Last time I showed you how to make your pumpkin purée, which will work wonderfully in your usual pumpkin pie, pumpkin cookies, pumpkin cheesecake, pumpkin muffins. But today I’m going to show you a completely different way to use it that is super delicious and also super simple. And completely from scratch.
I was never a fan of winter squash growing up. I can’t really explain why. But 2 years ago, I was asked by a friend to teach a little class on pumpkin recipes for a group of women at my church, and I was apprehensive but accepted the challenge. I hadn’t really considered that there was a whole lot more to those Autumnal flavors than pumpkin pie and overly brown-sugared butternut squash. But as I researched and experimented, I discovered a whole world of varieties and flavors beyond the tried and true cinnamon, clove, ginger, and nutmeg combo and was completely smitten.
Here’s another idea on how to use those beans you soaked, cooked, and froze for quick meals.
I love soup. It’s such a great one-bowl meal. You often find your carbs, your veg, your protein, lots of flavor, and it’s hydrating on top of all of that. This recipe comes from me scrounging through my pantry and fridge, not knowing what to make for dinner, and having a lightbulb moment. But more importantly, it comes from knowing some crucial soup-making basics.
Wait, did that title just scare anyone away? Please, no! Come back! It’s so good! And I won’t talk (write? type?) your ear off today. I’ve pretty much covered the whole how to cook your beans thing, so let’s just get excited about what we can do with those nutrient-packed beauties.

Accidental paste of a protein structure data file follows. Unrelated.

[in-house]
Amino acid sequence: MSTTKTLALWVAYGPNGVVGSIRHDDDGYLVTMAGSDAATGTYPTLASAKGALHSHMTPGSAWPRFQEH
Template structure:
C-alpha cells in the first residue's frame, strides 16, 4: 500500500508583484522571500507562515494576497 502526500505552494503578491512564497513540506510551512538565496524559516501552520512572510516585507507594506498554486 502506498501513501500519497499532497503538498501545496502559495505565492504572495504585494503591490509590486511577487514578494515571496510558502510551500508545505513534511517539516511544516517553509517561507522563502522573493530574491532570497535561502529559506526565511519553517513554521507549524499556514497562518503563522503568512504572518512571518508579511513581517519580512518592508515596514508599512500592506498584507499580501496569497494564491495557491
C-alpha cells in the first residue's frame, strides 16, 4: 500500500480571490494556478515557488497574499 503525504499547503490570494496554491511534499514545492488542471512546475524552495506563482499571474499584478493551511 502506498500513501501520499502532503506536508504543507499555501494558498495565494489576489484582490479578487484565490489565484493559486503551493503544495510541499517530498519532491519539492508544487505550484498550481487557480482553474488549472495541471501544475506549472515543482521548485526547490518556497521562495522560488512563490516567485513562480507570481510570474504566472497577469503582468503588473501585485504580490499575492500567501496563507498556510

Last week I showed you how to cook beans properly to maximize nutrient absorption and eliminate the awkwardness that comes as a result of eating beans. And it seriously works! So this week I want to show you a few easy ways to use those beans that you spent so much time properly soaking and cooking. And we’re going to start with hummus.
Beans. Don’t we all have a love-hate relationship with them? The love because they are so good for you! Depending on the specific type you eat you can get varying amounts of soluble fiber, protein, antioxidants, copper, folate, iron, magnesium, manganese, phosphorus, potassium, zinc, just to name a few. And the hate because, well, how do I approach this delicately? We all know the end result problem with beans, right? [cough, cough]